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Getting Out of Your Own Way to Write a Good Resume

Jacqui Barrett-Poindexter

Everyone has a story to tell, and by digging deep, you can unearth gems that sparkle and gleam, attracting even the weariest hiring manager's attention.

Sadly, however, most people don't know how to excavate their precious-stone stories, and the result is lackluster content. A marketing-driven resume must be color-rich, clear, and strong enough to bear the heavy--often unforgiving--weight of the resume-vetting process.

The following are five tips to polish your story to ensure it outshines your competition and commands the hiring manager's attention.

1. Get over yourself. Many people are immersed in articulating, "Who I am," while the hiring manager is asking, "Why should I care?" Speaking of which ....

2. Answer the why. If you don't know "why" the hiring manager should care, then halt your resume-writing process to begin brainstorming. Your job is to understand the marketplace, operational, financial, sales, customer service, technological, and so forth ailments that the type of company you are targeting is riddled with, and prove "why" you can be the salve for their pain. Do your research.

3. Commit to a target audience. Before you can answer the "why," however, you must ensure you have truly committed to a target audience. This means organized introspection to peel back the layers. For example, if your past 10 years were spent working at a well-established and publicly traded Fortune 500 enterprise but you now want to work at a smaller, privately-owned start-up company, then you must commit to that type of audience in your resume.

What this means is understanding the unique differences between a large company's and a small company's inner operations and employee culture. This is only one "layer" of assessing your target audience. You should also consider the type of role; i.e., accounting clerk, sales manager, business analyst, and so forth, plus the industry/sector. Your value can only be communicated if you know what the audience you are targeting "values" in an employee.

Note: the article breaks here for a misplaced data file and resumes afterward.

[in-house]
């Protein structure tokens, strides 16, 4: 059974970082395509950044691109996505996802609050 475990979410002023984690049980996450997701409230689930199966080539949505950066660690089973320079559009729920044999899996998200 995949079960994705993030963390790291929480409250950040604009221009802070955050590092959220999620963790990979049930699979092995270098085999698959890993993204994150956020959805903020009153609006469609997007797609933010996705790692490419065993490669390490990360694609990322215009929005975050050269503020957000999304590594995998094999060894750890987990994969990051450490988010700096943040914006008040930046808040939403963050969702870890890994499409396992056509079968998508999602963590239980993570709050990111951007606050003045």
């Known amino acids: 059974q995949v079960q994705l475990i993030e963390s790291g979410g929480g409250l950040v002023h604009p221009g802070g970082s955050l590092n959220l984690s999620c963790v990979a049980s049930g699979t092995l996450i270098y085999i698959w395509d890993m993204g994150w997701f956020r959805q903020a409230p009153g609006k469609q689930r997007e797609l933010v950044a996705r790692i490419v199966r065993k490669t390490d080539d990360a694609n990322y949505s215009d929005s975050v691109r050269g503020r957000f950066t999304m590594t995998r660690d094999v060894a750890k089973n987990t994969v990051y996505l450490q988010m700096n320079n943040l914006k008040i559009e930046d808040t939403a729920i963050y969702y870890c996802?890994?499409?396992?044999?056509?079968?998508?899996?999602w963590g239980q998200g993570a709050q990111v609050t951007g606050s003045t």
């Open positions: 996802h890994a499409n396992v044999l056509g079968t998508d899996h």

4. Understand what it means to prove your value. Then keep doing it, repeatedly, in your resume. The idea of articulating a value proposition is constantly tossed around the career sphere. Simply put, marketing your value means demonstrating you can walk into a role and help fix things, like broken teams, malnourished market channels, siloed departments, stalled projects, declining revenues, and so forth.

5. Now, connect the dots for the reader. You must do this through stories that are knit together with the "who, what, where, when, why, and how." Think texture and nuance when writing your story to pull the reader in. This doesn't mean exaggerating language or stretching the truth. It does mean directly addressing the reader's needs with vigorous, contextual content that calls them to action.

Before revamping your resume, consider the above five points. A resume is a marketing vehicle, with a complex engine and intricate features that must be pulled together to build a smooth-running marketing vehicle to transport the message of You, Inc.

Jacqui Barrett-Poindexter is a Glassdoor career and workplace expert, chief career writer and partner with CareerTrend, and is one of only 28 Master Resume Writers (MRW) globally.

Jacqui and her husband, "Sailor Rob," host a lively careers-focused blog at http://careertrend.net/blog.

Jacqui is a power Twitter user (@ValueIntoWords), listed on several "Best People to Follow" lists for job seekers.

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